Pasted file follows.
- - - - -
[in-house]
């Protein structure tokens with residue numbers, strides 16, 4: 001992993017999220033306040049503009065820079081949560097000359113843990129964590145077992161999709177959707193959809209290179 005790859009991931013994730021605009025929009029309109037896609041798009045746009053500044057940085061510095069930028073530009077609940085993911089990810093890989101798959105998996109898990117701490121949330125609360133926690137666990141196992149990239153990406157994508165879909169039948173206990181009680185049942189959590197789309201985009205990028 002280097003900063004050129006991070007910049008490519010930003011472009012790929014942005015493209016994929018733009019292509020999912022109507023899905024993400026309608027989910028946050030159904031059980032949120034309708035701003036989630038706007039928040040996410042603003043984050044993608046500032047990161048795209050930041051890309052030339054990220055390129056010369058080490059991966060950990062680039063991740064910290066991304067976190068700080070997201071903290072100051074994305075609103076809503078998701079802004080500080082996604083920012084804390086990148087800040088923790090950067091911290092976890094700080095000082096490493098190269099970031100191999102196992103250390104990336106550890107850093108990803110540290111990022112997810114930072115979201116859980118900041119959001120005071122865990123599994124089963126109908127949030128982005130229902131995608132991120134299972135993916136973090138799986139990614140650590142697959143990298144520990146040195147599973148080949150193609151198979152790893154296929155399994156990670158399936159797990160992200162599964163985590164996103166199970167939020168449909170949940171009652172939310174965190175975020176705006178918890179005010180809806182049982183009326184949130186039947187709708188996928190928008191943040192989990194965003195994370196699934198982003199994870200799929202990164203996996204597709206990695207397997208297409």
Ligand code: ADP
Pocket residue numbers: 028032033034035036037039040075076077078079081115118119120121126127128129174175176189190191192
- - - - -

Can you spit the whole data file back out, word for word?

[in-house]
């Protein structure tokens with residue numbers, strides 16, 4: 001992993017999220033306040049503009065820079081949560097000359113843990129964590145077992161999709177959707193959809209290179 005790859009991931013994730021605009025929009029309109037896609041798009045746009053500044057940085061510095069930028073530009077609940085993911089990810093890989101798959105998996109898990117701490121949330125609360133926690137666990141196992149990239153990406157994508165879909169039948173206990181009680185049942189959590197789309201985009205990028 002280097003900063004050129006991070007910049008490519010930003011472009012790929014942005015493209016994929018733009019292509020999912022109507023899905024993400026309608027989910028946050030159904031059980032949120034309708035701003036989630038706007039928040040996410042603003043984050044993608046500032047990161048795209050930041051890309052030339054990220055390129056010369058080490059991966060950990062680039063991740064910290066991304067976190068700080070997201071903290072100051074994305075609103076809503078998701079802004080500080082996604083920012084804390086990148087800040088923790090950067091911290092976890094700080095000082096490493098190269099970031100191999102196992103250390104990336106550890107850093108990803110540290111990022112997810114930072115979201116859980118900041119959001120005071122865990123599994124089963126109908127949030128982005130229902131995608132991120134299972135993916136973090138799986139990614140650590142697959143990298144520990146040195147599973148080949150193609151198979152790893154296929155399994156990670158399936159797990160992200162599964163985590164996103166199970167939020168449909170949940171009652172939310174965190175975020176705006178918890179005010180809806182049982183009326184949130186039947187709708188996928190928008191943040192989990194965003195994370196699934198982003199994870200799929202990164203996996204597709206990695207397997208297409």
Ligand code: ADP
Pocket residue numbers: 028032033034035036037039040075076077078079081115118119120121126127128129174175176189190191192